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The evolution of ‘escape’ mutations in patients with prolonged SARS-CoV-2 infection
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Nikki Troxclair
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A new study led by Emory University researchers reveals the need to better understand the ramifications of different therapies for the treatment of COVID-19 in immunocompromised patients with prolonged infection.

A key question in the study of SARS-CoV-2 and COVID-19 disease is how the virus develops mutations that evade the body’s immune response and treatments. Emory researchers posed this question in a study of five immunocompromised patients with prolonged SARS-CoV-2 infection.

The results of that research are now online in the New England Journal of Medicine and in the June 23 print edition of the journal. Co-study leads Erin Scherer, PhD, DPhil, assistant professor of medicine in Emory’s division of infectious diseases, and Anne Piantadosi, MD, PhD, assistant professor of pathology and laboratory medicine and physician in the Emory division of infectious diseases, chose to study patients with prolonged infections because the longer infection period provides an opportunity to examine how the virus mutates over time.   

“There have been other research studies of this same patient population,” says Scherer, “but at the time, we had the largest cohort of patients in a study looking at viral evolution in combination with antibody and cellular immune responses.” 

The study focused on five immunocompromised patients with SARS-CoV-2 infection lasting 42 to 302 days after a first positive test. The study was approved by the institutional review board at Emory University. Informed consent was obtained from patients who donated whole blood samples for research. The five patients in the study all had B cell deficiencies, from cancers and other conditions that limit the body’s ability to generate its own antibody response to the virus. Researchers identified SARS-CoV-2 mutations from nasal swab samples from these patients and created variant pseudoviruses that could be used for testing.

(The pseudoviruses in this study were made with another virus’ core but with SARS-CoV-2 spike proteins on their surface. Since a pseudovirus cannot replicate, it can be studied in a lab with lower biosafety clearance.)

One patient did not receive any antibody treatments; two patients received bamlanivimab, a single monoclonal antibody drug, and two received convalescent plasma. The blood serum of the patients who received the monoclonal antibody treatment neutralized the original SARS-CoV-2 pseudovirus. However, testing revealed that the viruses from those two patients separately developed spike protein mutations that could not be neutralized with the antibody-rich serum. The study concluded that the spike mutations conferred “neutralization resistance to bamlanivimab.”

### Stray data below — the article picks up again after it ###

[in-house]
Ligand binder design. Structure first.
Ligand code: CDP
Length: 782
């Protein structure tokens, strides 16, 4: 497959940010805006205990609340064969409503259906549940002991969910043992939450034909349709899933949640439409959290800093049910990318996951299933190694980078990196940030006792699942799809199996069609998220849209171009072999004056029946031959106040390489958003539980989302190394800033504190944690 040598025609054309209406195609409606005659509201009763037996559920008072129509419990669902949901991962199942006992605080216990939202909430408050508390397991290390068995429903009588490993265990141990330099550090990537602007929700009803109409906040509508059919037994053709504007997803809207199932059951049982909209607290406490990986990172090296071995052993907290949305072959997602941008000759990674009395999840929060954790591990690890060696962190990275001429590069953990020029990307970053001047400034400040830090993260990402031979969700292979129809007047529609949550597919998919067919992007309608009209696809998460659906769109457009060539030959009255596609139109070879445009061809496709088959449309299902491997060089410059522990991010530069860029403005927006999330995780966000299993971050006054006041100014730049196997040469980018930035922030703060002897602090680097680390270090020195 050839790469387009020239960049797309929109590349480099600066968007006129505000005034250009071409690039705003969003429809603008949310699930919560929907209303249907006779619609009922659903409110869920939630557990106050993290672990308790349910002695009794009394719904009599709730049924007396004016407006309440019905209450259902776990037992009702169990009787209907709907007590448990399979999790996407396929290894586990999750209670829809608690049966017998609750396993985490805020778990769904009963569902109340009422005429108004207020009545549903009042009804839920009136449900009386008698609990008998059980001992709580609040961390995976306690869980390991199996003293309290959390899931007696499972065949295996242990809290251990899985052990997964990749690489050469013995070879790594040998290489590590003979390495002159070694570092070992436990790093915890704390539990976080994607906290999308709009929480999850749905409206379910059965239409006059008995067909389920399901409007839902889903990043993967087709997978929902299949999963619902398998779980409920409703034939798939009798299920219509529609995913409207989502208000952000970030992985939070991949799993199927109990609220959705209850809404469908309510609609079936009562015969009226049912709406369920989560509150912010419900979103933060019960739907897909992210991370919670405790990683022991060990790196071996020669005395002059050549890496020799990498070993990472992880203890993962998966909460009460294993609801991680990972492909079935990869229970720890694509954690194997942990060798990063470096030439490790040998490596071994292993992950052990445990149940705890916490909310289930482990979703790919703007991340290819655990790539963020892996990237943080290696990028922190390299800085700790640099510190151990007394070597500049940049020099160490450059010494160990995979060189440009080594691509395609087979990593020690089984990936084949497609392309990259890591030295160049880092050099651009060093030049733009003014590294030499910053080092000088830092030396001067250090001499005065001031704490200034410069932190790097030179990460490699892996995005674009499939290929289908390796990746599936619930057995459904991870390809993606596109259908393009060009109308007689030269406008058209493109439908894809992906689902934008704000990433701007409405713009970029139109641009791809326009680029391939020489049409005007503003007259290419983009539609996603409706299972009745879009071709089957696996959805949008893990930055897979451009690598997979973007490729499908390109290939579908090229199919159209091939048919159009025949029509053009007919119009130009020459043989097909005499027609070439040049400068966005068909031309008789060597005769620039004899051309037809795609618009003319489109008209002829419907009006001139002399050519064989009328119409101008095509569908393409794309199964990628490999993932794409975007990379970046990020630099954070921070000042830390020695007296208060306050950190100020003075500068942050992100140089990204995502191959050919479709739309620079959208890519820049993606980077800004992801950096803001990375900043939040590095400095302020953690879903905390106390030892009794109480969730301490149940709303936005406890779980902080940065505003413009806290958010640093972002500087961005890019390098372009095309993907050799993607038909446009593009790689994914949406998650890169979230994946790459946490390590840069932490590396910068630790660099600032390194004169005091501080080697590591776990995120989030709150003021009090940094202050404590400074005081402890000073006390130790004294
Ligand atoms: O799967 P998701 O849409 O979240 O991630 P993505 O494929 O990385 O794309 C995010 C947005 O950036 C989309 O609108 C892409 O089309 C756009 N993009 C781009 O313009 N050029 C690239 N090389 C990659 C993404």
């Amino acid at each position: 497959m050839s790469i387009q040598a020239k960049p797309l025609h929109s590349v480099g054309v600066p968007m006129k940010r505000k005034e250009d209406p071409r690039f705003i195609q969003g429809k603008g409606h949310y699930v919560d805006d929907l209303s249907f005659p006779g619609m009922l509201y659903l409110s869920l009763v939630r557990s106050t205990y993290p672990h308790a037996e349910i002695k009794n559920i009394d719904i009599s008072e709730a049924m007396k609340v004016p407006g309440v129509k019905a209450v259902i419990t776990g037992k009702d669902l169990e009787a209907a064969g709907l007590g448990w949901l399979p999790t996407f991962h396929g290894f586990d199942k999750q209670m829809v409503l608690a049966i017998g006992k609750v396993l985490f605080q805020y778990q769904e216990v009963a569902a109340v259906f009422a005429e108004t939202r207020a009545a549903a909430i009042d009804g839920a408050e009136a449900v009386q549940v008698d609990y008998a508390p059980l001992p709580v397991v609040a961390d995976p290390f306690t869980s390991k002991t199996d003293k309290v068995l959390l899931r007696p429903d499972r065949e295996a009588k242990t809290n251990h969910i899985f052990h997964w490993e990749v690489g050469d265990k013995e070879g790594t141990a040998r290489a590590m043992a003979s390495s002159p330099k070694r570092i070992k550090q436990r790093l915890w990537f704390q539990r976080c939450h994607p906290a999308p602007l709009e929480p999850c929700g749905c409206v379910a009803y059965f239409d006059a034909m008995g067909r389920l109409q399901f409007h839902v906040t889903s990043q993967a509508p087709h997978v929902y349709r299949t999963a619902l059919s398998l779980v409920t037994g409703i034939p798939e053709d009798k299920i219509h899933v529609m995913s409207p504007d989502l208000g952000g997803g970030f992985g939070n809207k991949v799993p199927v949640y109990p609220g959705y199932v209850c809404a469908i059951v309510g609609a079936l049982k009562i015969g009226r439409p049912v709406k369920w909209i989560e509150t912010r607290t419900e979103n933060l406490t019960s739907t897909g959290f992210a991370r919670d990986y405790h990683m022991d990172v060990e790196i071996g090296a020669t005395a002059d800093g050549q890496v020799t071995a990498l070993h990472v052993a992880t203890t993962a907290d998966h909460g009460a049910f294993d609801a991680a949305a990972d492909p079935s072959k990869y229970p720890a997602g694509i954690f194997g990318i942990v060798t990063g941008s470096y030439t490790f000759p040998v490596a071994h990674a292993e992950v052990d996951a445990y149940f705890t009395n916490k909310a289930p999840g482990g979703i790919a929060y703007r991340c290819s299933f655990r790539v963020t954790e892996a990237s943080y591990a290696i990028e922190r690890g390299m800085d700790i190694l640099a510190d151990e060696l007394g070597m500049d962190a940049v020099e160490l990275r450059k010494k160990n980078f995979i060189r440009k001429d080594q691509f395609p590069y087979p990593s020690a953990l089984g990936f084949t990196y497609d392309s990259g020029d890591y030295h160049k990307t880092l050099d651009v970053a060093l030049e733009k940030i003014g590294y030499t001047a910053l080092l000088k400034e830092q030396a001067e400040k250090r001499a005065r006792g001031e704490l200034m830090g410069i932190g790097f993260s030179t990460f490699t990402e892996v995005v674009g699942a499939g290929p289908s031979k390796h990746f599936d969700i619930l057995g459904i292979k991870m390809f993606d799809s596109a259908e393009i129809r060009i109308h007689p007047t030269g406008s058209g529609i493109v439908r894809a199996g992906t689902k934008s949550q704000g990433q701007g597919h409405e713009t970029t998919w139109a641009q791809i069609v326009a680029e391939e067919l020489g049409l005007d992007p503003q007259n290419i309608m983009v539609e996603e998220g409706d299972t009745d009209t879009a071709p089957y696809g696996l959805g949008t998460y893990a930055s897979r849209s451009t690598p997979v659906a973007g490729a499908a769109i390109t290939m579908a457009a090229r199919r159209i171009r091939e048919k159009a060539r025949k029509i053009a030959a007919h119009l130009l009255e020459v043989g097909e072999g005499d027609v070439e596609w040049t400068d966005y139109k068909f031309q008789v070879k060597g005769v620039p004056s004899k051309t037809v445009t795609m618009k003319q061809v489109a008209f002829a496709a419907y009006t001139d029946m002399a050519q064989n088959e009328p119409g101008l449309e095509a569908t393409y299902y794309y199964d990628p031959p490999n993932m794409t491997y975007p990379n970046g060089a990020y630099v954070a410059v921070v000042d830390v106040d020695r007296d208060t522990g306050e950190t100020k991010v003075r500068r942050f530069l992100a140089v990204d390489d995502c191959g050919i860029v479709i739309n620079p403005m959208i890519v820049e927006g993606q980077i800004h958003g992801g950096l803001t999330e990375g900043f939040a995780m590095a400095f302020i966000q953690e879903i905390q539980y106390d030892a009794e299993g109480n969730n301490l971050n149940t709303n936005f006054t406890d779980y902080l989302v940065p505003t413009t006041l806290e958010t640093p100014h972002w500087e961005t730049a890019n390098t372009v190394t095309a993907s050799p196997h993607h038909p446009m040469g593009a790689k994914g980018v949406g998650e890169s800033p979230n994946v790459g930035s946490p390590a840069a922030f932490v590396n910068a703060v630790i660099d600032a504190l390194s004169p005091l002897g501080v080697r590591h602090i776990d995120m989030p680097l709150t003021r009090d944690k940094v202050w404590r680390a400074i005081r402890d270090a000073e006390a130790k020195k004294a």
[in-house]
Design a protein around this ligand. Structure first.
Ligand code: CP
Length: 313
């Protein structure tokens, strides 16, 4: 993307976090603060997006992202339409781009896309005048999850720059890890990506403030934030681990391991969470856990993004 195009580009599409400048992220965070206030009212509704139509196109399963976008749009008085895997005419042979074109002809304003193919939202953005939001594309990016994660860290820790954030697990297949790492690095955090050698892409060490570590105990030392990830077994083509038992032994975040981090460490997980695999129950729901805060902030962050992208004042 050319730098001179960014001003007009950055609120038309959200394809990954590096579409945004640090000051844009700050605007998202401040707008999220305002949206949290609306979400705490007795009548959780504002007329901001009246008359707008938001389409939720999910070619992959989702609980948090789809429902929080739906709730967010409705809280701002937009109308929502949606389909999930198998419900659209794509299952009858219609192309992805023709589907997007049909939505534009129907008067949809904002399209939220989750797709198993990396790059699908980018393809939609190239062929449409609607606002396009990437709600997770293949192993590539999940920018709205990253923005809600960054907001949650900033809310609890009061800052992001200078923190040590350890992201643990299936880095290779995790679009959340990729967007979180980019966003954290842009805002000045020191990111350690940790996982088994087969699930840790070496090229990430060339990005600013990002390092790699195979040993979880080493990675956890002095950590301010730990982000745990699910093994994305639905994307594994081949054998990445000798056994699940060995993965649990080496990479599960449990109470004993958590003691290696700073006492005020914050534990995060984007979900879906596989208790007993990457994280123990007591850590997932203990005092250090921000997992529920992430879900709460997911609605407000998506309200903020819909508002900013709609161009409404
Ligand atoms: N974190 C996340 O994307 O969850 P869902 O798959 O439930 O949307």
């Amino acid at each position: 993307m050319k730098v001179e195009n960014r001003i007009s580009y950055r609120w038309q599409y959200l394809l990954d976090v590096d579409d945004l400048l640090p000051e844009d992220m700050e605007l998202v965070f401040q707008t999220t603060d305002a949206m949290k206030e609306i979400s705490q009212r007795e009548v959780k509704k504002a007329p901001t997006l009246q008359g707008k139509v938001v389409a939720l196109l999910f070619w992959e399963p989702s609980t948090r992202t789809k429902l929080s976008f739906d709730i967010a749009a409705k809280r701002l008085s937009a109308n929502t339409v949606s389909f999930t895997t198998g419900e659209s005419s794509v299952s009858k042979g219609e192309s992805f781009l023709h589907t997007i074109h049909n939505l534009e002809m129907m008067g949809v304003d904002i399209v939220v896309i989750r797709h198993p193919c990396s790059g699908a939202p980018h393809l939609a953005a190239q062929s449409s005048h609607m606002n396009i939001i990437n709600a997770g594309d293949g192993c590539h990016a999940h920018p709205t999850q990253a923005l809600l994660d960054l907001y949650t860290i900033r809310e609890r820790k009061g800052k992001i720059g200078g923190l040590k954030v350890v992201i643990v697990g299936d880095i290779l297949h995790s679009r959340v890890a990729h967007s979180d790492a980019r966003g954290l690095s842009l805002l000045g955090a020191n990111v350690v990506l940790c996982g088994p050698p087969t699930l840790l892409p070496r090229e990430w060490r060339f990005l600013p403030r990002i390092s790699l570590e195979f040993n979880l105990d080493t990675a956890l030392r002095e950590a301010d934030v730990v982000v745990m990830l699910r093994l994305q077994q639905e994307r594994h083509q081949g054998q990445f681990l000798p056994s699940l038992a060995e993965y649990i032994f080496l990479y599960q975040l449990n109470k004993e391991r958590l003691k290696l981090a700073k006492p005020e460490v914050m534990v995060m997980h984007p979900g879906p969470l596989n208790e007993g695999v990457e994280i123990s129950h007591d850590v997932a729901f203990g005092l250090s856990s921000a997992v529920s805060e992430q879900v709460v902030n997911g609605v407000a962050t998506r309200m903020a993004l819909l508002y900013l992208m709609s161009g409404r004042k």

“The fact that their serum could no longer neutralize their virus means it had developed escape mutations under selective pressure from the monoclonal antibody,” says Piantadosi.  “When you use just one antibody treatment on SARS-CoV-2, the virus evolves to escape it. Our study corroborated this.”

“We’ve seen this in the lab, but it was striking to see it in real time in humans,” says Scherer. “It really hammers home the consequences of what happens in viral evolution when you apply a singular immune pressure in the absence of a broader immune response.”

The Emory study provides supplemental data on the five immunocompromised patients, including details of their B cell deficiencies, treatments, level of COVID-19 disease and viral mutations. The details illustrate how selective pressures, such as those from single monoclonal antibody treatment, may promote the emergence of SARS-CoV-2 escape mutations. Scherer and Piantadosi hope that studying SARS-CoV-2 mutations in immunocompromised patients will lead to improved treatments for these patients and potentially prevent the emergence of new SARS-CoV-2 variants of concern.

Piantadosi calls this process “an arms race to understand how this virus mutates to evade antibodies.”

“It gives us information on which mutations are significant and should be further studied,” she says.

The study involved a collaboration of many researchers, physicians, clinicians and infectious disease experts throughout Emory University and Emory Healthcare, as well as a researcher at La Jolla Institute of Immunology in California. The next step in this research, according to the study leaders, is to continue this work with a larger prospective study.

“In immunocompromised patients, mutations can emerge at an unusually high rate,” says Piantadosi. “That raises the question of whether new variants might arise from long-term human infection; another interesting possibility is that they could be transmitted from other species.”

This research was supported by grants from the Centers for Disease Control and Prevention, the National Institutes of Health, a Simons Foundation Award, the Pediatric Research Alliance and an Emory Woodruff Health Sciences Center CURE Award.

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